The young protesters now on the march are responsible and mature-and they’re asking adults to grow up.
Last weekend’s march was not the first evidence of super-upstarts, aggrieved youths totally on top of their game in a way that few grown-ups in political life are these days. Two months ago, more than 100 sports-prodigies-turned-public-survivors made national headlines as they delivered their stunning version of the same call-protect us, and listen to us. At the sentencing hearing of Dr. Larry Nassar, convicted of serially abusing athletes under his care, his victims powerfully yoked personal trauma to a systemic indictment. “Adult after adult, many in positions of authority, protected you,” said the former captain of the phenomenal U.S. Olympic gymnastics team, Aly Raisman, staring straight at Nassar. “How do you sleep at night?… You are the person [the USA Gymnastics and the U.S. Olympic Committee] had ‘take the lead on athlete care.’… I cringe to think your influence remains in the policies that are supposed to keep athletes safe.”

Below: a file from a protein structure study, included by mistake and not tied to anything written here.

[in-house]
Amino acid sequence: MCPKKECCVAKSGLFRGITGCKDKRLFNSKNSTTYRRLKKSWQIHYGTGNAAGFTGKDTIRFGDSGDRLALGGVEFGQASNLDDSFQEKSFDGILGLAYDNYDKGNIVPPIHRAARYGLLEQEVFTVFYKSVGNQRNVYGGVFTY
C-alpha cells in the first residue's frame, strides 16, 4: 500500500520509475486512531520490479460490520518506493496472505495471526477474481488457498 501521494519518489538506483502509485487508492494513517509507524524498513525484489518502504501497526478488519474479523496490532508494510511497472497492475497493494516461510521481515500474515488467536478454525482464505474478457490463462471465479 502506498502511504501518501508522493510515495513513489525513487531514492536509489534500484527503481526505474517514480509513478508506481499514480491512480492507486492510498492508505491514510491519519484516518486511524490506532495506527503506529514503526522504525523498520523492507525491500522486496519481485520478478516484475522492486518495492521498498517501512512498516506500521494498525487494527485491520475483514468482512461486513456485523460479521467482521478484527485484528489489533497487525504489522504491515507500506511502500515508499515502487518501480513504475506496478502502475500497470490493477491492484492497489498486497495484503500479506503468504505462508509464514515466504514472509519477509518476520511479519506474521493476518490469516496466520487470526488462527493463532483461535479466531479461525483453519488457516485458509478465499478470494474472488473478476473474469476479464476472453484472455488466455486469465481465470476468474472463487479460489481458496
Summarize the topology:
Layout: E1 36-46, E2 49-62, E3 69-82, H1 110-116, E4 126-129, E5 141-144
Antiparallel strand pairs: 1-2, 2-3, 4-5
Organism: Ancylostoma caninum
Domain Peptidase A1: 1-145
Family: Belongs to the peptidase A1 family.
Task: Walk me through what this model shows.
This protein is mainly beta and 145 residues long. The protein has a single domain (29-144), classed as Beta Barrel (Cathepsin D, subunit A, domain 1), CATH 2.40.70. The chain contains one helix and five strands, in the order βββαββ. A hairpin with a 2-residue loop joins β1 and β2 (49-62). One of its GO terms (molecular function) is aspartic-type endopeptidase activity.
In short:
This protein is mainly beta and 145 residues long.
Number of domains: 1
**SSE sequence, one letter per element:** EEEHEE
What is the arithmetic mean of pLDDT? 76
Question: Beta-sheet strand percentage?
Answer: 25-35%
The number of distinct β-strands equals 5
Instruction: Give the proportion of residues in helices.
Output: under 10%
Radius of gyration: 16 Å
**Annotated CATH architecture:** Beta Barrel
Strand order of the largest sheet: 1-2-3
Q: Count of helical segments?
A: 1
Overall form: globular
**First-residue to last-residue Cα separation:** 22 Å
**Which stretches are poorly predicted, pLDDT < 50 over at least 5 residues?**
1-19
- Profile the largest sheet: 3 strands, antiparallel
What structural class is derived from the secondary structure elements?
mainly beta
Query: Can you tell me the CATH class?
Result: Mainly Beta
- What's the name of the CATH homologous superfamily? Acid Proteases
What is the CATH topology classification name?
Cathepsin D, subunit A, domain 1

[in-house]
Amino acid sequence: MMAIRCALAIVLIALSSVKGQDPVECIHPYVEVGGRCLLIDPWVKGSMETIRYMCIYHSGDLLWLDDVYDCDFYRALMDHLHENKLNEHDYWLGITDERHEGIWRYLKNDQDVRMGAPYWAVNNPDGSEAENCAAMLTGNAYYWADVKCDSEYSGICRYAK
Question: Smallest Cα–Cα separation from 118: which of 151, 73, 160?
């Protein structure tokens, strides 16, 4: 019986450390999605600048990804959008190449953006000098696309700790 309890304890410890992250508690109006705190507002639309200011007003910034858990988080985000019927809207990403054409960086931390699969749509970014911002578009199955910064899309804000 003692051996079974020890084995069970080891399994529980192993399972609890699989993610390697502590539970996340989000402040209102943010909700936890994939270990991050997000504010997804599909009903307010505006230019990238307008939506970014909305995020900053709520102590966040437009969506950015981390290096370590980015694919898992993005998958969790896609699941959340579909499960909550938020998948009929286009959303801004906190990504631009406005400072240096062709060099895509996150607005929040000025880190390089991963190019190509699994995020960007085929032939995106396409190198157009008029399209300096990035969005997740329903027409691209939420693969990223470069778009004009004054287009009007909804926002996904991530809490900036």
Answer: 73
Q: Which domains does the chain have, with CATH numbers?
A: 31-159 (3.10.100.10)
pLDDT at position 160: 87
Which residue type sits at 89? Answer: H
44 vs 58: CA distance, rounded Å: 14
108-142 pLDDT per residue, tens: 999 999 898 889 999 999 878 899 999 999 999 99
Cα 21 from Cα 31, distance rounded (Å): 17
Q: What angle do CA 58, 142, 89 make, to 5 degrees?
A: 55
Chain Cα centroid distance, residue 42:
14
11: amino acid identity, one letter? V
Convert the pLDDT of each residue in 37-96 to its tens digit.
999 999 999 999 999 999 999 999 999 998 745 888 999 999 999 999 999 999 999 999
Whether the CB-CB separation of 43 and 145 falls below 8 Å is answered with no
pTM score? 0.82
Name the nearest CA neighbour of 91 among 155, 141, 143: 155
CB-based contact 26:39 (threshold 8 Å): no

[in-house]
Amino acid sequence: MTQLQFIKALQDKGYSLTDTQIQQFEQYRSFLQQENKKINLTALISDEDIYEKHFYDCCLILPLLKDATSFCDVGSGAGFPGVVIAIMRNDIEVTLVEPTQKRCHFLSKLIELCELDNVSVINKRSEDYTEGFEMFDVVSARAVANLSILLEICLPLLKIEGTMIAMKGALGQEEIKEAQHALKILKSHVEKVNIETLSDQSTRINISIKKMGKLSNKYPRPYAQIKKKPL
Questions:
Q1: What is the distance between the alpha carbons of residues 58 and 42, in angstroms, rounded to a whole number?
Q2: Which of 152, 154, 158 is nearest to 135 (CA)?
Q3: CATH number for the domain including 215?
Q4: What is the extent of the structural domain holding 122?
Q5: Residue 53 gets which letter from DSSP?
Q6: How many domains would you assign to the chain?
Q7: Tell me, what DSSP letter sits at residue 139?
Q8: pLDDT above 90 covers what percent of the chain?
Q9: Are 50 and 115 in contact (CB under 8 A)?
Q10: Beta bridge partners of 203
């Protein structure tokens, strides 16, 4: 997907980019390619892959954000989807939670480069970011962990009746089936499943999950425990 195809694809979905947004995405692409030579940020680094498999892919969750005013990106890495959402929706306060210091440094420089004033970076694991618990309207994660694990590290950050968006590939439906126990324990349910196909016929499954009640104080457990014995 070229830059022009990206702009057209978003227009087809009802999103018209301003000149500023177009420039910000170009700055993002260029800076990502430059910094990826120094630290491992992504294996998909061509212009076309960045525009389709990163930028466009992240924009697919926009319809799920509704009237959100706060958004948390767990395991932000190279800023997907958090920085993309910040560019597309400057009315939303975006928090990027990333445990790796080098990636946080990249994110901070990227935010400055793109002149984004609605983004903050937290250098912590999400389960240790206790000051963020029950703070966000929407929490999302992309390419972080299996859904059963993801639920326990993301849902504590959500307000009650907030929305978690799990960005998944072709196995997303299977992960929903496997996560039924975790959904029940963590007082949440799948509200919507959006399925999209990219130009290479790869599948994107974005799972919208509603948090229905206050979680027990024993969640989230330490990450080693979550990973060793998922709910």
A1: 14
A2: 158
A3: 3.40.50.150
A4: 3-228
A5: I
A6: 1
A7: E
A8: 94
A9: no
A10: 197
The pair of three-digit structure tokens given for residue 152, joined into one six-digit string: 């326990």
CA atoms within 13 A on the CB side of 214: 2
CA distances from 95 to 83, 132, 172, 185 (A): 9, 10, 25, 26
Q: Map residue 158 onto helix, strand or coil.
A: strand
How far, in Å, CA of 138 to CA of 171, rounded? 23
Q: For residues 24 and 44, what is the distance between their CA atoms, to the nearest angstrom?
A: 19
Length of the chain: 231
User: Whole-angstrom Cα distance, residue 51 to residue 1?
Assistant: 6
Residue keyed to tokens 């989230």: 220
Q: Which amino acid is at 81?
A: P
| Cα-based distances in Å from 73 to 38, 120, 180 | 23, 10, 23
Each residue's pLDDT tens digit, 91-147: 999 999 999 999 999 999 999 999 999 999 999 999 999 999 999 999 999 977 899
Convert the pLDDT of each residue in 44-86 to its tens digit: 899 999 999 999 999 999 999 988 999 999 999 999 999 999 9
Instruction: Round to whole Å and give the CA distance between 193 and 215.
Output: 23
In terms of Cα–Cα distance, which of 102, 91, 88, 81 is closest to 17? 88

A Grandpa’s-Eye View of the March for Our Lives
The reverse side of the “Sorry for the inconvenience” sign at the march aptly summed up the unexpected generational dynamic on public display: “When our children act like leaders and our leaders act like children you know change is coming.” Today’s young protestors-the Dreamers have been at this for a while-aren’t extremist misfits, or out-of-control tweeters, or squabbling grandstanders. Their trademark is breaking the mold by being the ultimate model children. They win gold medals at the Olympics, write 50-page term papers on the U.S. gun-control debate, excel at the piano ( as the girl who first inspired Senator Dick Durban’s DACA mission did). They strive not just to fit in but to soar in America.